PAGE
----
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Manchester Endangered Species (1 Viewer)

Charles Harper

Régisseur
Excerpted from the Guardian:

"[Most endangered species:] the spotted fly-catcher, a migrating bird whose numbers have fallen by 62 per cent in woodlands since the 1960s. Very scarce across Greater Manchester. Numbers hit by global warming and loss of nest sites. Other species in danger are the skylark, linnet, reed bunting, tree sparrow, grey partridge, bullfinch, song thrush and grass-wrack pondweed.

Five problem species in Manchester include: American mink which was first brought to Britain in 1929 to be bred for fur. It preys on the water vole and water birds; the Canada goose damages the environment through feeding habits and its waste can encourage the growth of algae and other water-borne species. Terrapins are often dumped in lakes by bored owners - even though it is against the law. They can attack small amphibians and young waterfowl. The feral pigeon takes food from other birds and can foul and damage open space. The rhododendron, a decorative shrub popular in Victorian Britain, wipes out other plants."
 

TonyC

Well-known member
I didn't see the article - but there was a small reserve at Sale Water Park which was totally overrun with some 'alien' pond weed. I think they made a big effort to clear it all last year.

On the other hand there's whole thickets of Buddleia along the railway tracks which must be a boost to butterflies.

In todays Guardian there's mention of an even bigger threat - one of the last decent bits of woodland in Manchester - Botany Bay Wood, is threatened by a new Horse Race Track.
 
They're wrong on the reasons for the decline in Spotted Flycatchers - not global warming, but excessive use of pesticides and other insecticidal pollutants

Michael
 

pauco

Старлин&
Michael Frankis said:
They're wrong on the reasons for the decline in Spotted Flycatchers - not global warming, but excessive use of pesticides and other insecticidal pollutants

Michael
Spot on Michael :clap:
 

TonyC

Well-known member
There's an article on Woolston Eyes reserve in the CAWOS newsletter. 10 pairs of Black-necked Grebes raised only 5 young. Large numbers of small young were seen, but these steadily disappeared over a few weeks - most likely fell to a predator, either Mink or Terrapins.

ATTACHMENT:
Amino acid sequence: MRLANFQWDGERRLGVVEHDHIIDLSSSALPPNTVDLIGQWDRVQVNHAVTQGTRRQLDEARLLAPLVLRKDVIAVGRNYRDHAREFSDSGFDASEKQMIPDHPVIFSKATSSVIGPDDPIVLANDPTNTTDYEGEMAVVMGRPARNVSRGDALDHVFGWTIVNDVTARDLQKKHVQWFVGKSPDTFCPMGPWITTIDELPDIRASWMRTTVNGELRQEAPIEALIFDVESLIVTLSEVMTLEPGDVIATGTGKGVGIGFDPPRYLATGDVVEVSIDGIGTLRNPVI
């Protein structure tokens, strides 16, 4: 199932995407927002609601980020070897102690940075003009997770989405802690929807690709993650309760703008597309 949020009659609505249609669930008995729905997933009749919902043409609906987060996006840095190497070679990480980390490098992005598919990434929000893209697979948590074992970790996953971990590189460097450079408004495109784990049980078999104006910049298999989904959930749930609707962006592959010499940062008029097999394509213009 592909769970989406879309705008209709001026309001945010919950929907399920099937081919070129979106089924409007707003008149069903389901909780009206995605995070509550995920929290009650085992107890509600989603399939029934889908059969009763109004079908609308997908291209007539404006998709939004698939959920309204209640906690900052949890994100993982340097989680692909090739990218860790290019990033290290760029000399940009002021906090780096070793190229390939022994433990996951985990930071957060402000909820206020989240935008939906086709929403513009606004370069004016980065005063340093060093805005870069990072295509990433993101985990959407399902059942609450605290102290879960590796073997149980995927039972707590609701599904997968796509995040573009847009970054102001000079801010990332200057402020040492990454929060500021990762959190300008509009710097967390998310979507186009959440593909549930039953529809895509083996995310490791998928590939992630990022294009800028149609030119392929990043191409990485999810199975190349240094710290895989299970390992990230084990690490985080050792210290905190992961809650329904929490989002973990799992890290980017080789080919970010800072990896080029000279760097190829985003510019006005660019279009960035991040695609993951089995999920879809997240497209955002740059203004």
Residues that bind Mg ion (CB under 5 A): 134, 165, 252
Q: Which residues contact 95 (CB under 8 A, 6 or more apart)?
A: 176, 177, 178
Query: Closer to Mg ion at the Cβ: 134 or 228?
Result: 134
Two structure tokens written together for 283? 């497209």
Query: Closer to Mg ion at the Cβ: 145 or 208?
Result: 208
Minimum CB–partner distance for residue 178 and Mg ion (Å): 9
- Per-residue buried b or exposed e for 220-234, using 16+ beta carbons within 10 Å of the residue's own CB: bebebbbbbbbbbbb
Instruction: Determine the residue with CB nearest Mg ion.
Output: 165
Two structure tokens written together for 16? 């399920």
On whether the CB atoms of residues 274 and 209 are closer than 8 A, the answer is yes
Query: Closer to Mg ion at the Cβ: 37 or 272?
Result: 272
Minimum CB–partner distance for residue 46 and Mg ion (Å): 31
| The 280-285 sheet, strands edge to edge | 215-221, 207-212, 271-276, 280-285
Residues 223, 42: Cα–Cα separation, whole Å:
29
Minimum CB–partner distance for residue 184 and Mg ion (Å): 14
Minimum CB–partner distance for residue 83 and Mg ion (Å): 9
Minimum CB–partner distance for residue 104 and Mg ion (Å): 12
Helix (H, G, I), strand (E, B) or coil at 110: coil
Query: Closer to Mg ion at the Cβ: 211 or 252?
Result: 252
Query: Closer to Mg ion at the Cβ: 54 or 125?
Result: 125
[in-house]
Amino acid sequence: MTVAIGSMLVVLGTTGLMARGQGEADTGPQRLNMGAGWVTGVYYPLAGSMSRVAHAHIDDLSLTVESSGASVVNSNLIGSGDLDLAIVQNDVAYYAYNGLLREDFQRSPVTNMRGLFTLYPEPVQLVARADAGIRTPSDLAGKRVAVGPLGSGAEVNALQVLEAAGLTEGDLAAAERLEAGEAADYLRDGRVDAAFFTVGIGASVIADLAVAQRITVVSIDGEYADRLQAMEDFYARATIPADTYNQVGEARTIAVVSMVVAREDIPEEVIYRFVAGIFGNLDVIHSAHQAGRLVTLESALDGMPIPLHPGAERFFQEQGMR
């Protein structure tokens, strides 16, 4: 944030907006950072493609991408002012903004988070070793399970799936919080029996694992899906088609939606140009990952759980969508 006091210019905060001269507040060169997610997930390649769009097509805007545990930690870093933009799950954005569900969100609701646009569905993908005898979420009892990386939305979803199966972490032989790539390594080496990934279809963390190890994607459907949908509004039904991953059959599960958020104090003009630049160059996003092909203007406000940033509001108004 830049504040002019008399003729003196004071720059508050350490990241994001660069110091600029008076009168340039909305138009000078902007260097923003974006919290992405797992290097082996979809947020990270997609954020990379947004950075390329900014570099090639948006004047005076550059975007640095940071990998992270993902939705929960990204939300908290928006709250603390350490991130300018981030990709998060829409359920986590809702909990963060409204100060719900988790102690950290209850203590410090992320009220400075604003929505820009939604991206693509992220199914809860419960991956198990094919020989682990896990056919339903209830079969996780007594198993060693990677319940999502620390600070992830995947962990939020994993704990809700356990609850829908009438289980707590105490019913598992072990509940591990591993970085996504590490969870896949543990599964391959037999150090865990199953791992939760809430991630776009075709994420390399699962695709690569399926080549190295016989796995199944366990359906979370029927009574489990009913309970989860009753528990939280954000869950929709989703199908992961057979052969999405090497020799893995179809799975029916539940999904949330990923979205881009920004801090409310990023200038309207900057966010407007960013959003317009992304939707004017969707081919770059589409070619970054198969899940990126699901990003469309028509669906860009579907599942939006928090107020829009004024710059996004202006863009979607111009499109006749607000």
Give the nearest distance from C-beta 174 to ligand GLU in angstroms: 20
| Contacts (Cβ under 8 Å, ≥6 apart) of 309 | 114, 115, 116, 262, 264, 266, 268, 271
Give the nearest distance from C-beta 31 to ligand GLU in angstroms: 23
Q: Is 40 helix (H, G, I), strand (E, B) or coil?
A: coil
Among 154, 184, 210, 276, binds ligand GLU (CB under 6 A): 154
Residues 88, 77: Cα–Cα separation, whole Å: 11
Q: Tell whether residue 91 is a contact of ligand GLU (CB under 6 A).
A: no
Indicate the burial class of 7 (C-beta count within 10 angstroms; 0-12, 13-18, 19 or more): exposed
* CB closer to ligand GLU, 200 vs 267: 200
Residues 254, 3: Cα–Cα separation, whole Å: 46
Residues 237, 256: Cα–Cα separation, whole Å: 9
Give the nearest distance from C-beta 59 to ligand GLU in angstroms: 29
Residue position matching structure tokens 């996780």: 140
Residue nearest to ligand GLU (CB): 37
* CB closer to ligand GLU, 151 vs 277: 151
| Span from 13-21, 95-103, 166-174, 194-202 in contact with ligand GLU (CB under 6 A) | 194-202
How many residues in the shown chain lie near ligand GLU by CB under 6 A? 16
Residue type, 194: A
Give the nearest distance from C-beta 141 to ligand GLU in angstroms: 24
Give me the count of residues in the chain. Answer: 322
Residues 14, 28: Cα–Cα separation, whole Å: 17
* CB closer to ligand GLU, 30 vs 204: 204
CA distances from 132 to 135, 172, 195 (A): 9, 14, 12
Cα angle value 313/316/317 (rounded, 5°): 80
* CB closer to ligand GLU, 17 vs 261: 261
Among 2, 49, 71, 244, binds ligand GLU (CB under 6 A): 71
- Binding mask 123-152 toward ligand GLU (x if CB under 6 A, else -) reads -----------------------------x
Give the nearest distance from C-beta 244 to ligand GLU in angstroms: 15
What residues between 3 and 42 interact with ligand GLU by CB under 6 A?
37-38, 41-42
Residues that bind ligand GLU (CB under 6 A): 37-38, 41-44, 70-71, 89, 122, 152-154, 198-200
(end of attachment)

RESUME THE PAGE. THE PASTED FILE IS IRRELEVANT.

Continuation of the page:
English Nature are proposing a meeting to discuss the problem.
 

Anthony Morton

Well-known member
QUOTE = TonyC

There's an article on Woolston Eyes reserve in the CAWOS newsletter. 10 pairs of Black-necked Grebes raised only 5 young. Large numbers of small young were seen, but these steadily disappeared over a few weeks - most likely fell to a predator, either Mink or Terrapins.

Are pike present in the water? If so, this could be another possibility.
 

Jasonbirder

Jason-occasional-twitcher
I thinks its a bit of an old wives tale Pike taking Ducklings etc - its something i never encountered in years and years of dedicated Pike Fishing!
 
Hi Jason,

I know of a swan ringer who has seen a fish, presumed to be a Pike, pull an adult Mute Swan half underwater and backwards quite a distance, before the swan was able to get away.

Michael
 

Charles Harper

Régisseur
What kind of pike you got, Jason? A Northern Pike will try to take anything that moves. Don't even trail your hand over the gunnels...
 

Jasonbirder

Jason-occasional-twitcher
I`ve regularly heard tales like that and also dafter ones such as paddling dogs/children bitten etc - whilst I have no doubt that occasionally Pike will take small waterfowl - its an extremely rare method of hunting for them and will be restricted to unusual individuals, here in the UK Pike typically average less than 10 pounds in weight - in lowland lakes and rivers it is extremely unusual for them to get any larger than 15lbs. 20lb+ fish tend to be restricted to large deep clear lakes, gravel pits and reservoirs with large fish stocks (IE Trout reservoirs etc) - by the time they get to that size they tend to feed more regularly on dead fish, becoming scavangers in their old age!
 

Jasonbirder

Jason-occasional-twitcher
Not to say it never happens, but the "Pike eating all the Ducks" story is a bit of an urban myth - often put around by fishermen who want the Pike culled in a particular water because they are worried that they`ll eat all the fish in a lake (shades of our Sparrowhawk argument here - large Pike in a water is an indication of a healthy ecosystem)
A Pike eating a swan though, yikes! Swans are huge! I mean you wouldn`t want to grab one yourself for all the fuss and fight they`d put up! The largest Pike i`ve ever caught (24lbs if anyones interested!) was taken on a little Gudgeon about 4 inches long.....
 
Hi Jason,

The person who saw it reckons the pike got hold of a foot, without realising what was on the other end - and the swan did get away, it wasn't eaten

Michael
 

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